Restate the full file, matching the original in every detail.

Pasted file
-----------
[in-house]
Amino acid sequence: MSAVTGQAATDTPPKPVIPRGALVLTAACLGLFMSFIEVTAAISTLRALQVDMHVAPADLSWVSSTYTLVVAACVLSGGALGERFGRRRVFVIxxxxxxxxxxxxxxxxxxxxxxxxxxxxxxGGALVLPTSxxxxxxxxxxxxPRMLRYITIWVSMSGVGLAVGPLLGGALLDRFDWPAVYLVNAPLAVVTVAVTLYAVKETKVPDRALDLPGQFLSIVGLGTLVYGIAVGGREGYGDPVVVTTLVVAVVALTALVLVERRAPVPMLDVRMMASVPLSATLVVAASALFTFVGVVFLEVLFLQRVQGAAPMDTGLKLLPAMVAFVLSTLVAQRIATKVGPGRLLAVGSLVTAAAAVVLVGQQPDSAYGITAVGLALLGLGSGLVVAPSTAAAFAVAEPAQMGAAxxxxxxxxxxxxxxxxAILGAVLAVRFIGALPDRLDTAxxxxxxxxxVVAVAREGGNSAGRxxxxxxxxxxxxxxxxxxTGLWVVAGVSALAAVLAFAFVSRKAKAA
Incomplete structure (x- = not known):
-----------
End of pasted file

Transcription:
[in-house]
Amino acid sequence: MSAVTGQAATDTPPKPVIPRGALVLTAACLGLFMSFIEVTAAISTLRALQVDMHVAPADLSWVSSTYTLVVAACVLSGGALGERFGRRRVFVIxxxxxxxxxxxxxxxxxxxxxxxxxxxxxxGGALVLPTSxxxxxxxxxxxxPRMLRYITIWVSMSGVGLAVGPLLGGALLDRFDWPAVYLVNAPLAVVTVAVTLYAVKETKVPDRALDLPGQFLSIVGLGTLVYGIAVGGREGYGDPVVVTTLVVAVVALTALVLVERRAPVPMLDVRMMASVPLSATLVVAASALFTFVGVVFLEVLFLQRVQGAAPMDTGLKLLPAMVAFVLSTLVAQRIATKVGPGRLLAVGSLVTAAAAVVLVGQQPDSAYGITAVGLALLGLGSGLVVAPSTAAAFAVAEPAQMGAAxxxxxxxxxxxxxxxxAILGAVLAVRFIGALPDRLDTAxxxxxxxxxVVAVAREGGNSAGRxxxxxxxxxxxxxxxxxxTGLWVVAGVSALAAVLAFAFVSRKAKAA
Incomplete structure (x- = not known):